Covington’s Handzy Shop + Studio storefront is cuter than a button with its bright yellow door and panoply of adorable papergoods and accessories, so there’s no reason not to visit. But the ladies behind the brand — owners Brittney Braemer and Suzy King — have made it easier than ever to shop local by taking their boutique online. Last year they expanded Handzy to include both new and “second handzy” clothing. The options are playful, bright and patterned and fall right in the brand’s wheelhouse: polka dots tops, colorful overalls and floral prints. They also hand-select vintage and secondhand items to complement the new, which you can buy at the shop or via their Instagram stories. The duo is planning on expanding Handzy and taking over the space next door in late spring, with gifts, stationery and lifestyle accessories on the first floor and a clothing boutique on the second with a mix of new and vintage items. Handzy Shop + Studio, 15 W. Pike St., Covington,

Ripping hair out of your body by the root via hot wax is never going to be a comfortable or fun procedure, but the team at Heavenly Bodies makes it as painless as possible. Owner Alesia Buttrey has decades of waxing experience and it shows: Waxes here are fast — like in and out in 15 minutes — complete and compassionate; she and her staff are very aware of sensitive areas and will explain any parts of a wax service you’re worried about. For example, if you’ve never had a full Brazilian and want to try one, Alesia will walk you through the entire process. Or you can watch an educational video on the website. They offer full body waxing, from face to toe, and even options catered to men (chest, back, shoulders, etc.). It’s their 28th year at their cozy East Hyde Park location — more like a house than a strip mall wax place — and online booking services make it easier than ever to be as hair free as you want to be. Heavenly Bodies, 3608 Marburg Ave., Hyde Park,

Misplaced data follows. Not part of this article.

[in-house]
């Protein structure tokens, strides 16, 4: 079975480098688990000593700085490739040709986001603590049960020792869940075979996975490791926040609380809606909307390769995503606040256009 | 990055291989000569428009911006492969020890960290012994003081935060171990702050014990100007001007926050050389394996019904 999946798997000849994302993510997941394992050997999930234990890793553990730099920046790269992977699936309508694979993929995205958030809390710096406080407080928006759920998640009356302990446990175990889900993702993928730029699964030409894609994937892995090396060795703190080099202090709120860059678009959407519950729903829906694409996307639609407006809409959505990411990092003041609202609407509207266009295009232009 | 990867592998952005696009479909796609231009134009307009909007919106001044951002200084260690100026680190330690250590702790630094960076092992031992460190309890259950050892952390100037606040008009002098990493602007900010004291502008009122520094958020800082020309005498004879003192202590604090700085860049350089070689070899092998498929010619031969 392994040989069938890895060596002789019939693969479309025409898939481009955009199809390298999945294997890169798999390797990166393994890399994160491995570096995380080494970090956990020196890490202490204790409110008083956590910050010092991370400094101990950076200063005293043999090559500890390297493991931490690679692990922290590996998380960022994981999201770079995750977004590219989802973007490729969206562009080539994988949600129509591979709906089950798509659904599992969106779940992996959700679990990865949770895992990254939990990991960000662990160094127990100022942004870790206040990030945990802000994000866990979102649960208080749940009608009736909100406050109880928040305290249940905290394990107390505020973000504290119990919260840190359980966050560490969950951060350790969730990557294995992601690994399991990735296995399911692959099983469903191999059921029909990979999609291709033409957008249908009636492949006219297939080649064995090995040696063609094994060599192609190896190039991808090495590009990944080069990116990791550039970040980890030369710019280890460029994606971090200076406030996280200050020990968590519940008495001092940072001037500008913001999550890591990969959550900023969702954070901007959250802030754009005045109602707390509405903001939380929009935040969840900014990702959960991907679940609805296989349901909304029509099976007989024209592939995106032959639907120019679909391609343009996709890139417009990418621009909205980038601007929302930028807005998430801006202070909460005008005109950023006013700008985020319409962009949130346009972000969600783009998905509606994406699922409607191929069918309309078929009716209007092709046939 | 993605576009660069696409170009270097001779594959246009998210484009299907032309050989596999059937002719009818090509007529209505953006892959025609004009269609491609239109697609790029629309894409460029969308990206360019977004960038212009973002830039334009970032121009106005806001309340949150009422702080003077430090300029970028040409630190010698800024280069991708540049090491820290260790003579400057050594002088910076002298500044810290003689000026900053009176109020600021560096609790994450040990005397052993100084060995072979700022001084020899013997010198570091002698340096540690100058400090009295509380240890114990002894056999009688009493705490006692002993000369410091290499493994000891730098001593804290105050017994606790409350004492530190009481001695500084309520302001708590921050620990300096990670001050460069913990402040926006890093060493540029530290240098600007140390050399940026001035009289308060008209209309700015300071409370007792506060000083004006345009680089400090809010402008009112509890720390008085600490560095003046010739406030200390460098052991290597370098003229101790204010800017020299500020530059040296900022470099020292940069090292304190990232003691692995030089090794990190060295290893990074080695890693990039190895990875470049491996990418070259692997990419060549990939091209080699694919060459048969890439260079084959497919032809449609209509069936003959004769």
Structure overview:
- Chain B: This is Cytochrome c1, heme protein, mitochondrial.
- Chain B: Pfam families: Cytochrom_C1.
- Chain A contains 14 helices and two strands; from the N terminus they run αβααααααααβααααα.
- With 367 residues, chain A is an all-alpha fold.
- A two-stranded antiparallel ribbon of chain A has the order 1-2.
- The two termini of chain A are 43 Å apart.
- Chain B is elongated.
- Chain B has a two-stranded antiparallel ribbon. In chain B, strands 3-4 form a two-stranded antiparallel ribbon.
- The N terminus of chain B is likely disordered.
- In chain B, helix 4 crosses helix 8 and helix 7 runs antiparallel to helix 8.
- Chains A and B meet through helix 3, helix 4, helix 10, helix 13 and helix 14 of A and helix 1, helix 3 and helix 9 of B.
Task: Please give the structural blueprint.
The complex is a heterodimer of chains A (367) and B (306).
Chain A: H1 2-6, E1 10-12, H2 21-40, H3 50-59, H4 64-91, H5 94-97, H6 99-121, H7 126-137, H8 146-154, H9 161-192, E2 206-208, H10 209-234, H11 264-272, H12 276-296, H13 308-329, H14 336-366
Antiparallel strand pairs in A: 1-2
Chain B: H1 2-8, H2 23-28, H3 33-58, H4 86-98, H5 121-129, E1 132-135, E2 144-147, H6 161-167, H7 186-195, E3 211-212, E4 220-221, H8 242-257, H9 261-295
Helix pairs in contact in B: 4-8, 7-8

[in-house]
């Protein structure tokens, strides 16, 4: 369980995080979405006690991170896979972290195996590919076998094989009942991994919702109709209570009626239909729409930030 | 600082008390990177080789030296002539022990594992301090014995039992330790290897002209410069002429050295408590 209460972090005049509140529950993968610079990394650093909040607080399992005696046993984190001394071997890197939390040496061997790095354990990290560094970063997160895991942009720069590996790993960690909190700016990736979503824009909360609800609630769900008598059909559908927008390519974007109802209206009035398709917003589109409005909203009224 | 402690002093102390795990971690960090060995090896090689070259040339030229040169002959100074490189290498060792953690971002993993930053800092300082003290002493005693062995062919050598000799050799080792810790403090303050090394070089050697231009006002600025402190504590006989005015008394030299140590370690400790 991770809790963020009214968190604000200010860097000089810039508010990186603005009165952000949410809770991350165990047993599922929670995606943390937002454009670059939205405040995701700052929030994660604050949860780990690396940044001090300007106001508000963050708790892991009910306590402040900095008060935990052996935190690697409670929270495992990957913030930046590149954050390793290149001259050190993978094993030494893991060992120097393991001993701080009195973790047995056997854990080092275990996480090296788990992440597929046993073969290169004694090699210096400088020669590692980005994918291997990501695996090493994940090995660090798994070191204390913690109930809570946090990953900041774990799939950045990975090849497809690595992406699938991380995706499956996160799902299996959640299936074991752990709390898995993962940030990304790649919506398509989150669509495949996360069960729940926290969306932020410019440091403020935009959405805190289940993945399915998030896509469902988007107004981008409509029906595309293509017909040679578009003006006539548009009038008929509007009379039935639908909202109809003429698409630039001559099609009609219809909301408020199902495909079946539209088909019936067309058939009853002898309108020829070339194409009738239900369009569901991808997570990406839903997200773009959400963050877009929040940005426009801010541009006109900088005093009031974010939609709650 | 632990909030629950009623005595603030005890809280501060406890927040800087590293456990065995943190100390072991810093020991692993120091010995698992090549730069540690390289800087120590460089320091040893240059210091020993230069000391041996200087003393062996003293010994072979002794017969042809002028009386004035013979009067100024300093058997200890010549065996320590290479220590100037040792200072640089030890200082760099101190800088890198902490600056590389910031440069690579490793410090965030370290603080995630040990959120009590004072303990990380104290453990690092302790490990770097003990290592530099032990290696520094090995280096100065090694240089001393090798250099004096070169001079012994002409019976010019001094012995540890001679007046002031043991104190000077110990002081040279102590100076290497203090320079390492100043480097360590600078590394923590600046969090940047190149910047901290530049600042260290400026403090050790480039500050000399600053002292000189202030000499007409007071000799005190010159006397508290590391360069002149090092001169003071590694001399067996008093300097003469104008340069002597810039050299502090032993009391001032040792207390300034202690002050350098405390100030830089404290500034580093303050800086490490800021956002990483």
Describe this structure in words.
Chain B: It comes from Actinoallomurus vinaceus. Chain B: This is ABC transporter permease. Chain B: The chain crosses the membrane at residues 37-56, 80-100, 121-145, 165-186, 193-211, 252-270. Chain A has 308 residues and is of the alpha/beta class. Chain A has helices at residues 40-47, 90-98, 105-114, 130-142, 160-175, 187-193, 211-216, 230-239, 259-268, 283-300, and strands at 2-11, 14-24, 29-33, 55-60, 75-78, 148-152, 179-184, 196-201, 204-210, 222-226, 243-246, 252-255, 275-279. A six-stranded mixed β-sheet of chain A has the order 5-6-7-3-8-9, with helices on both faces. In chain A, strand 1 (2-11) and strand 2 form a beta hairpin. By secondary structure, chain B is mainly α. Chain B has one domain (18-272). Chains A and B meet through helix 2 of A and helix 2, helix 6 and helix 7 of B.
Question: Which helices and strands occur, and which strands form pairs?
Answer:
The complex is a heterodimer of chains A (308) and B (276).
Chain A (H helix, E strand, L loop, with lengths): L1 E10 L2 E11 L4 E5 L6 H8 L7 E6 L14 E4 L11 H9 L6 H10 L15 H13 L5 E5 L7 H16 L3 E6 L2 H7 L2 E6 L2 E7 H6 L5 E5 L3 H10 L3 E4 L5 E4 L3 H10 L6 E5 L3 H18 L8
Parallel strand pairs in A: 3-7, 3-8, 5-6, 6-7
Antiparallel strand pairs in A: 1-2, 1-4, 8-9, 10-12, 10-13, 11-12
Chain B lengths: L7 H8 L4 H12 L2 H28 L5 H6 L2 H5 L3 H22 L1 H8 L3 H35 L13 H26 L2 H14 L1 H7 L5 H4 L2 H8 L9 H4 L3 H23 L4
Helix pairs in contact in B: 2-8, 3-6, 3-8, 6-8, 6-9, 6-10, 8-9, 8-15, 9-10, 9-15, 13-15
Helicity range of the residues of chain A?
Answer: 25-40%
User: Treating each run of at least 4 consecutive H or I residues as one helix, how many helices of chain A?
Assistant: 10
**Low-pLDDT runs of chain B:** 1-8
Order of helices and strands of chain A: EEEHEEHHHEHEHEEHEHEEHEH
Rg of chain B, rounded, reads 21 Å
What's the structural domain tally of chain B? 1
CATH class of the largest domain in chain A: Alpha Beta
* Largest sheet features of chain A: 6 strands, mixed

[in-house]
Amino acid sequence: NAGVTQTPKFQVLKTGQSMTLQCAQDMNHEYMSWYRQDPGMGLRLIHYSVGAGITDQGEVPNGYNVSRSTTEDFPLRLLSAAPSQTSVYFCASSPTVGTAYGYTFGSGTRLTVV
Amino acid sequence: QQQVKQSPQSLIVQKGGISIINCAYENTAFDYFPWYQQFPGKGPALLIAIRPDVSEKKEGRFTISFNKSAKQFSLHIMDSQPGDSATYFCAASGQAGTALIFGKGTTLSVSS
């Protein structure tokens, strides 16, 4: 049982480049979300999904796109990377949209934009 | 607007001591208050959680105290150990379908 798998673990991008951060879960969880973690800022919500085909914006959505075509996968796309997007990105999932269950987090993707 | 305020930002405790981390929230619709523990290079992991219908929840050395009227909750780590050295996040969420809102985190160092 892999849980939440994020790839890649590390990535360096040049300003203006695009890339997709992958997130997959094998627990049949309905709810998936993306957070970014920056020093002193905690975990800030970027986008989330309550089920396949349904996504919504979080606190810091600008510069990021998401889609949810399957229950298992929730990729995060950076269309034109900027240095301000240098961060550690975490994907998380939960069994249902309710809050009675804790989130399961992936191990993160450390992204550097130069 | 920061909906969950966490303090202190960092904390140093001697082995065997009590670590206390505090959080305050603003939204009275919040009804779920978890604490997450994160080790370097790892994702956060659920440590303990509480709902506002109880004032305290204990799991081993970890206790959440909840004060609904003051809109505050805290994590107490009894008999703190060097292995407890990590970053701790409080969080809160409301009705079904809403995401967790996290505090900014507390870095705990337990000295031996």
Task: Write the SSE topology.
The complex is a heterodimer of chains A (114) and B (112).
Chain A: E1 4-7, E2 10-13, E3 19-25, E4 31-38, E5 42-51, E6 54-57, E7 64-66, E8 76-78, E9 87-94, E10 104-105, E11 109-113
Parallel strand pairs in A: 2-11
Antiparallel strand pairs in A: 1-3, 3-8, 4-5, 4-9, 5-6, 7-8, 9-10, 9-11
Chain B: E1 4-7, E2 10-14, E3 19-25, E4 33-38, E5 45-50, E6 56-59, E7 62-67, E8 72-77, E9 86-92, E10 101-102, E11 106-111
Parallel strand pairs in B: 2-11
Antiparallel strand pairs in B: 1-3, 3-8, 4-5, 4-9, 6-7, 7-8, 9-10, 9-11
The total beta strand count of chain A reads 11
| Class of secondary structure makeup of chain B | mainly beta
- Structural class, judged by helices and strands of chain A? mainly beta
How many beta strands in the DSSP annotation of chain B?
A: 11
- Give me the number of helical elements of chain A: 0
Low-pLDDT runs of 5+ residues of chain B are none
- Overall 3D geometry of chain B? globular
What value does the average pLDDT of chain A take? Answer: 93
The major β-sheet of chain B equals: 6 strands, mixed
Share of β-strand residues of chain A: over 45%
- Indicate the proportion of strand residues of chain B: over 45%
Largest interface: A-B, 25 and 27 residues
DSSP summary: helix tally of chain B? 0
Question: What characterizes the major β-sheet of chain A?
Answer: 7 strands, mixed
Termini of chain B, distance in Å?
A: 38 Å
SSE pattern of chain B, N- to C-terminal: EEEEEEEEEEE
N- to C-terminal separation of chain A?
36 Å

Has a lack of barnyard animals ever prevented you from taking up yoga? If so, say baaahmaste to Yogoat, a local startup that provides at least four baby goats for assorted yoga events. These adorable, well-behaved little livestock may arrive in aww-inducing costumes and will almost certainly climb on top of you in the middle of your cat pose. Yogoat’s trained handlers ensure that everyone present gets ample time with a four-legged yoga partner. There’s never been a better way to get a taste of farm life while practicing a centuries-old stretching routine. Look for Yogoat popping up at breweries like Rivertown and Rhinegeist. You can also book them for birthday parties. Yogoat,

Chriskindlmarkt is just one of many annual community-minded events organized by the Germania Society of Cincinnati, a nonprofit dedicated to promoting — surprise — German heritage in our region. A recreation of an authentic Bavarian-style Christmas market, local vendors set up shop under heated tents at Germania Park, but it feels more like a festival than a shopping experience. There’s a petting zoo, lantern-lit parade, roaming carolers, booths serving up traditional German food and drink (including glühwein and the society’s famous dill pickle soup), and Santa Claus himself, along with European counterparts like the German Sankt Nikolaus, Krampus (a seasonal half-goat, half-demon of European folklore) and Christkind (a traditional giver of gifts in Germany, who is not a goat or a demon). Germania Society of Cincinnati, 3529 West Kemper Road, Colerain,